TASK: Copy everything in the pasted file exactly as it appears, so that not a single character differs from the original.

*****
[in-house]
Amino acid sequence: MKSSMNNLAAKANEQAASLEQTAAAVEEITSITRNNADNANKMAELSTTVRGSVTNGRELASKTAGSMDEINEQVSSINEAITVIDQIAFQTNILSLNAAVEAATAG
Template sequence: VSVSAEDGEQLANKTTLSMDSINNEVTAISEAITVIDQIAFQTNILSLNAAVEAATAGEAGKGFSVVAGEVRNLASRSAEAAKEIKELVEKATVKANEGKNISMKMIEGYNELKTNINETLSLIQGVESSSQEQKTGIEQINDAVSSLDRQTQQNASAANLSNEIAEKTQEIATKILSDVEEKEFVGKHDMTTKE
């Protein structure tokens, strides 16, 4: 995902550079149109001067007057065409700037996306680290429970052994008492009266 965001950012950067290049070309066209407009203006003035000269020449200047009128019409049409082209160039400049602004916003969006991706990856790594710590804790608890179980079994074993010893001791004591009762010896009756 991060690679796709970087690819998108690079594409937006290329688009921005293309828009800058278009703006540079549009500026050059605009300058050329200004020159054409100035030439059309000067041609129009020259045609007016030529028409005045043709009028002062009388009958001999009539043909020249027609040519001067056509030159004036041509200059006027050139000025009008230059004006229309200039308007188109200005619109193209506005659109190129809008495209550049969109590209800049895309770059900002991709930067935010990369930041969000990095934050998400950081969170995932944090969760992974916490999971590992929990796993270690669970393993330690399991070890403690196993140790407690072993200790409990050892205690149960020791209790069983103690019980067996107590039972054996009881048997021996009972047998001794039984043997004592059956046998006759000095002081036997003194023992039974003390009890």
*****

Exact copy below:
[in-house]
Amino acid sequence: MKSSMNNLAAKANEQAASLEQTAAAVEEITSITRNNADNANKMAELSTTVRGSVTNGRELASKTAGSMDEINEQVSSINEAITVIDQIAFQTNILSLNAAVEAATAG
Template sequence: VSVSAEDGEQLANKTTLSMDSINNEVTAISEAITVIDQIAFQTNILSLNAAVEAATAGEAGKGFSVVAGEVRNLASRSAEAAKEIKELVEKATVKANEGKNISMKMIEGYNELKTNINETLSLIQGVESSSQEQKTGIEQINDAVSSLDRQTQQNASAANLSNEIAEKTQEIATKILSDVEEKEFVGKHDMTTKE
């Protein structure tokens, strides 16, 4: 995902550079149109001067007057065409700037996306680290429970052994008492009266 965001950012950067290049070309066209407009203006003035000269020449200047009128019409049409082209160039400049602004916003969006991706990856790594710590804790608890179980079994074993010893001791004591009762010896009756 991060690679796709970087690819998108690079594409937006290329688009921005293309828009800058278009703006540079549009500026050059605009300058050329200004020159054409100035030439059309000067041609129009020259045609007016030529028409005045043709009028002062009388009958001999009539043909020249027609040519001067056509030159004036041509200059006027050139000025009008230059004006229309200039308007188109200005619109193209506005659109190129809008495209550049969109590209800049895309770059900002991709930067935010990369930041969000990095934050998400950081969170995932944090969760992974916490999971590992929990796993270690669970393993330690399991070890403690196993140790407690072993200790409990050892205690149960020791209790069983103690019980067996107590039972054996009881048997021996009972047998001794039984043997004592059956046998006759000095002081036997003194023992039974003390009890």